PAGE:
“You? Danced in school?”

I shrug. “Yep.

She laughed, half amused, half skeptical. “College? Or high school?”

 “College. I was too much of a –“

“Nerd?” she finishes for me, and I’m not sure if she’s being cute or if she was the type of girl in high school that looked down on boys like me – the grades-before-all-else, shy, and awkward guys usually depicted in the movies as uncool, comic relief characters who play second fiddle to the jocks and bad boys on campus.

I gaze at her, looking for any sign of disdain in her expression. There’s none.

“Yeah, you could say that. No, I took dance classes in college. Mom insisted. She said it would be good for me. You know, to socialize. And be a bit physically active.”

“I see,” she says, her distinctive patrician accent that is somehow fitting in this WWII-era themed nightclub a tad more pronounced thanks to that Sidecar she’s been drinking. Her eyelids droop a bit, like shades being dropped to conceal – something. “Mothers know best, after all.” She pauses a second, then her expression morphs back to inquisitiveness. “Where did you go to college?”

I look away from Maddie. I like her, I really do. But just like I didn’t want her to know what I do for a living – not that I’m ashamed about what I do, careerwise; I want her to like me for who I am as a man, not because I’m a B-list celebrity in my field.

Not wanting to antagonize her, I decide to make light of it.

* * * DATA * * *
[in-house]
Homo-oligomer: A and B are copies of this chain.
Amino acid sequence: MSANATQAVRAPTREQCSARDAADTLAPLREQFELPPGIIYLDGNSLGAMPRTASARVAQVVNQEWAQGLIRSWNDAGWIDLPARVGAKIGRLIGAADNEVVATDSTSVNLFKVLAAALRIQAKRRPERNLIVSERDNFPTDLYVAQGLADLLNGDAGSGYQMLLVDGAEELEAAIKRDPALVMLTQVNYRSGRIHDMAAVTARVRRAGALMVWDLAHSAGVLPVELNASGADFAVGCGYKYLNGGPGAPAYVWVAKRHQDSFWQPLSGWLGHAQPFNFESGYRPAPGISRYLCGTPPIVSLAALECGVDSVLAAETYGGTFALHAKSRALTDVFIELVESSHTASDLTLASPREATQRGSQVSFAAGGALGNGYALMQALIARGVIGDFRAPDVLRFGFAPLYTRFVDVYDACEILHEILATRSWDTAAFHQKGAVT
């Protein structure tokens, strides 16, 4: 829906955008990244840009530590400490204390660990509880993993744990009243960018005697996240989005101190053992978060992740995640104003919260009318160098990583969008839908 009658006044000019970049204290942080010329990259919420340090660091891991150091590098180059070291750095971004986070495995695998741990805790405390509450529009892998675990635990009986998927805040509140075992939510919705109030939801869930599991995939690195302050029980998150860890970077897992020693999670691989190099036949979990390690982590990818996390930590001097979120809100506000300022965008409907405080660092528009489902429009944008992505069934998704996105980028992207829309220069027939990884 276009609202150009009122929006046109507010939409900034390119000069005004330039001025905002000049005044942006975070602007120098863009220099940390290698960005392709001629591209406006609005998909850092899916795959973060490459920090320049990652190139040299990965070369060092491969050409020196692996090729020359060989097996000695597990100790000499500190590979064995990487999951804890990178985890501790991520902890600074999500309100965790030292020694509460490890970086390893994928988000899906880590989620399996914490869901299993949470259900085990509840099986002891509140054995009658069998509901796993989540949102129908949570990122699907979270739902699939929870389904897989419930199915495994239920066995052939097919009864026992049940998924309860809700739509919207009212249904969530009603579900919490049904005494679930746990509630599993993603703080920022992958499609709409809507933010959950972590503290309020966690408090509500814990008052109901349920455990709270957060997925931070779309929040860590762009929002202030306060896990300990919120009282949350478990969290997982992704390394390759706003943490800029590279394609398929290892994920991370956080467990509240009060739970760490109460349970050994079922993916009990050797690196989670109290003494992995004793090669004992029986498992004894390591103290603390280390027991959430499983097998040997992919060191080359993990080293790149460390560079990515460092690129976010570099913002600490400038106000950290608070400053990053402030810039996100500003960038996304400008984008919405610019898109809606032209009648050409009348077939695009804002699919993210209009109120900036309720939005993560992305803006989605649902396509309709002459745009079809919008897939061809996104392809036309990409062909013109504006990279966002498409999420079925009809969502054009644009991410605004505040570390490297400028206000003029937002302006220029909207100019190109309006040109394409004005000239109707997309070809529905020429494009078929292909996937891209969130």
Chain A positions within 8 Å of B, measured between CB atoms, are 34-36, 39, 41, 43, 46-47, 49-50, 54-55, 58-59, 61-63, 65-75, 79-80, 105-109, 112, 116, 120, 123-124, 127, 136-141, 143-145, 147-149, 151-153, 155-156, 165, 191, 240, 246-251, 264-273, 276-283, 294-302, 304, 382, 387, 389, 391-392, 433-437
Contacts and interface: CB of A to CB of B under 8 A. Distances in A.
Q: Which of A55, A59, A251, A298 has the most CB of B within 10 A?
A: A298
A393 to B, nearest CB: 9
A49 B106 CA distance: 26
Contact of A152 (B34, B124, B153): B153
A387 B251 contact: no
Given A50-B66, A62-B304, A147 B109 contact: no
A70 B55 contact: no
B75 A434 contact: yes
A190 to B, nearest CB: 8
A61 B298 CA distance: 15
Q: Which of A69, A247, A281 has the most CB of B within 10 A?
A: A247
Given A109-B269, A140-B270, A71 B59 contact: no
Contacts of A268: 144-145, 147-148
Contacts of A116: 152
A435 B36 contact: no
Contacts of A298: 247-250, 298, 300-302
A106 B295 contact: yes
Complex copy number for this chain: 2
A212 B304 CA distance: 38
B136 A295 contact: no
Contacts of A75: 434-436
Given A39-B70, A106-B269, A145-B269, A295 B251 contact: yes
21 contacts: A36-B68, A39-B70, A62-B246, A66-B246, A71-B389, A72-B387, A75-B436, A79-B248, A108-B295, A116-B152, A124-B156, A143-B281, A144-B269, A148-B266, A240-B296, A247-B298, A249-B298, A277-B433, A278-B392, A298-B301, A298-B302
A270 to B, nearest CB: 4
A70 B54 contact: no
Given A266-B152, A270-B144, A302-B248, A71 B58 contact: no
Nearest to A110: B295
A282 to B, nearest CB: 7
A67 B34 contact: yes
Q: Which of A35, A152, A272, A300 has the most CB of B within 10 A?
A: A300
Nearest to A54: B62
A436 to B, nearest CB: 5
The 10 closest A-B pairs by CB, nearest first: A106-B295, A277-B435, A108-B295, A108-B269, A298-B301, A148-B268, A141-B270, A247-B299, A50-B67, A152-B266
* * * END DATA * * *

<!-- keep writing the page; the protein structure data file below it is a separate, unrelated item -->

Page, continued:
“Ask me on our second date. After all, we’ve just met.”

She raises an eyebrow and gives me a mock-offended look.

“Who says this is a date? I just needed to rest my feet and quench my thirst,” she replies, her tone full of false indignation. “And who says there will be a second date? You haven’t even asked me to dance yet.”

The band plays Little Brown Jug with gusto, and the dancers join in with enthusiasm. Maddie and I watch from our table, tapping our feet and clapping our hands. She looks at me with a playful smile and says, “You know, this song is not so bad. It’s catchy and fun. And it’s not too fast for you, is it?”

I shake my head and say, “No, it’s not too fast for me. But it’s still not my favorite. I prefer something more slow and romantic.”

She raises an eyebrow and says, “Oh, really? Like what?”

I shrug and say, “Like Smoke Gets in Your Eyes. That’s a beautiful song. It’s smooth and soothing. And it’s perfect for dancing close.”

She leans in and says, “Is that a hint?”

I lean in and say, “Maybe.”